You see this more often in movies than books, but sometimes a film is so simpleminded that it is completely predictable. Tron is a recent example. It’s an entertaining movie, but every single bit of the movie is boringly predictable. This is not because they used simpleminded writing technique, but rather a failure of imagination. The writers for some reason seemed to choose the first idea that came to them every single time they needed one.
Now let’s suppose you don’t want to be a commercially successful genre or mainstream writer. Perhaps your dream is to write literary fiction, and that you love ambiguous, lyrical, multilayered stories. Is all of this advice useless to you? I don’t think so.
I submit to you that your sophisticated, college-educated, literature-loving readers are going to enjoy simpleminded storycrafting just as much as fantasy or mystery fans. The key is giving them what they want in such a way that they still feel smart in figuring it out. Sure, they don’t want to a puzzle-filled thriller like The Da Vinci Code. But they will be looking for literary references and hidden themes. Instead of being coy and obscure, make sure all of your clues and references are very clear. Your reader will feel very smart and satisfied for picking up on it. And when it comes time to publish a novel, you’ll get a chance to sell a hundred percent of those readers your book, rather than only fifty percent (because you deliberately confused the other fifty percent).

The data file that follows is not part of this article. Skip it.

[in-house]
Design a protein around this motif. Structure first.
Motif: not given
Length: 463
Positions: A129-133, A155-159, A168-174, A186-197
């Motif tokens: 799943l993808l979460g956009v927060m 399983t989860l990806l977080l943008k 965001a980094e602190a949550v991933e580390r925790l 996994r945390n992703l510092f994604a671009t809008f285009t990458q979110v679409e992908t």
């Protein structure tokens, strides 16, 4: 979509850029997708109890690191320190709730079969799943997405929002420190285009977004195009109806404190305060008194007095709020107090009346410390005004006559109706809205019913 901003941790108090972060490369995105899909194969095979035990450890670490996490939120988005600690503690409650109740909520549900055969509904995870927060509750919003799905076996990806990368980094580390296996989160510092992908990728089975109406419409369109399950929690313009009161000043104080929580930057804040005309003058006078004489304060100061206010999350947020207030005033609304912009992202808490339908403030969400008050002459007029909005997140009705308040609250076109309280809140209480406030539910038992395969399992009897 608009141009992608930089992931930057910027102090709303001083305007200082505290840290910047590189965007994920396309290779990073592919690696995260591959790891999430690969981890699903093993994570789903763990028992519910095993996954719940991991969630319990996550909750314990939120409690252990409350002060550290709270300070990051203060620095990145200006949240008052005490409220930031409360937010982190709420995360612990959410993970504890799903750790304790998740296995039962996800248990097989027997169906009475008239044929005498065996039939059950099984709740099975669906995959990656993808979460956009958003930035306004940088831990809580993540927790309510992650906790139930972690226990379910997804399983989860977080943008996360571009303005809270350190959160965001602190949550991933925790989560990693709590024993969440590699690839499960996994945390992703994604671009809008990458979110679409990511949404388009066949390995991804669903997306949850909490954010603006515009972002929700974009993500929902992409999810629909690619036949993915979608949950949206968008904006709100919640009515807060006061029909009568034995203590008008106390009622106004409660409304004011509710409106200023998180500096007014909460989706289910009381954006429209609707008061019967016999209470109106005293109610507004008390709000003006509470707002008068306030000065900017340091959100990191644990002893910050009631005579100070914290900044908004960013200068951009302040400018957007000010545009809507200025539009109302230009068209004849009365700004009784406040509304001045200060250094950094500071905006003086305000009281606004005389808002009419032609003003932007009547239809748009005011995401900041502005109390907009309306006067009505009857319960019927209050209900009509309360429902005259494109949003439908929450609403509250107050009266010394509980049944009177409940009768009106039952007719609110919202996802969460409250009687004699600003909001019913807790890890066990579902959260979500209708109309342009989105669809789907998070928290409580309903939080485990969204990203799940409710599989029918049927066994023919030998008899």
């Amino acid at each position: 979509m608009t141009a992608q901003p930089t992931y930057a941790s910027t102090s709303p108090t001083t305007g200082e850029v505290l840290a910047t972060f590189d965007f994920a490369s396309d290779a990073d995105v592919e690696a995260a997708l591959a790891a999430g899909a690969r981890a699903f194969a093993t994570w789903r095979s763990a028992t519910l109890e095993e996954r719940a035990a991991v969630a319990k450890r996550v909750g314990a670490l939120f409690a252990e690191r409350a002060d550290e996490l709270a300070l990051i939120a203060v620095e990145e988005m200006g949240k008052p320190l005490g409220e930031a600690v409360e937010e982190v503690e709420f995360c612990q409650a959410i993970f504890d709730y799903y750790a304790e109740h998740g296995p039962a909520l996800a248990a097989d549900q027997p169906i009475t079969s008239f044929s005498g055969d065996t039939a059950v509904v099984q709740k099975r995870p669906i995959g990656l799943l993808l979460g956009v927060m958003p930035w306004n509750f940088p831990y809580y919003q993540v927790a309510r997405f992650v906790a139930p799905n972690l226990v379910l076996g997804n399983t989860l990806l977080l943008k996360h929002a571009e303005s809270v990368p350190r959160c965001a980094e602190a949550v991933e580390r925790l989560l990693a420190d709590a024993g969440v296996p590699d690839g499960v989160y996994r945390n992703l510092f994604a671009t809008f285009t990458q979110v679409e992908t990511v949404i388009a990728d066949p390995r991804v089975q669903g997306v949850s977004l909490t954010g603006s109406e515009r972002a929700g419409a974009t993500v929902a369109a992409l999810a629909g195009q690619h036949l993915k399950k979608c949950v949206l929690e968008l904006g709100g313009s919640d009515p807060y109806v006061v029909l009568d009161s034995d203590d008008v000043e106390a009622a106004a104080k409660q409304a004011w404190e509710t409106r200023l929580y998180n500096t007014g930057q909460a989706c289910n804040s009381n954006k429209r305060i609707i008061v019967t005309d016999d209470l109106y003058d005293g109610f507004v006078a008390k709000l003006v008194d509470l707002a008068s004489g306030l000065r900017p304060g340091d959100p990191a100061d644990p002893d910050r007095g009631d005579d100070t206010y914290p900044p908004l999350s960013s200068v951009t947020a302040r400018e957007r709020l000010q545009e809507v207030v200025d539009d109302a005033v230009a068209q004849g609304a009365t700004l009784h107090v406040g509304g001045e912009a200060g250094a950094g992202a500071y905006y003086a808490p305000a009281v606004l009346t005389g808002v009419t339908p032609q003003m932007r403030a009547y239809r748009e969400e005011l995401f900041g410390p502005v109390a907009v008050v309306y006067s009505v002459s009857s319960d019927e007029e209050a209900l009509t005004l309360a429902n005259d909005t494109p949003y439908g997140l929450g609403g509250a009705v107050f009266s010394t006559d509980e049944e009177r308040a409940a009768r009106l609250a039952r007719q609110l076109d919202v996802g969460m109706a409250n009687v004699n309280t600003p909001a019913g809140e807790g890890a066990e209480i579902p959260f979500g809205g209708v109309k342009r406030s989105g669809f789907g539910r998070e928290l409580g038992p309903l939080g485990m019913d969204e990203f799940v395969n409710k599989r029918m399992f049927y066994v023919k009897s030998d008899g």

Simpleminded writing is not easy to do, either. It requires quite a bit of intellect, actually, to figure out what scenes and exposition are necessary to have your reader understand what you want him or her to understand. In addition, as we discussed above, it’s easy to go overboard with the simplemindedness principle and writer a boringly predictable story. You have to balance simplicity and clarity of narrative with surprise and originality of idea. It’s really very tricky, but not unlike achieving mastery of any other art form. Musicians must master scales, and continue to practice them every day, even after they have become world famous virtuosos. So, too, must writers grasp the essentials of guiding a reader’s attention and expectations and practice them constantly.
* I’ve always felt that IQ was a poor way of measuring intellect, but am using it here for the sake of convenience. Please feel free to think of this in terms of multiple intelligences, creativity, or whatever metric makes the most sense to you.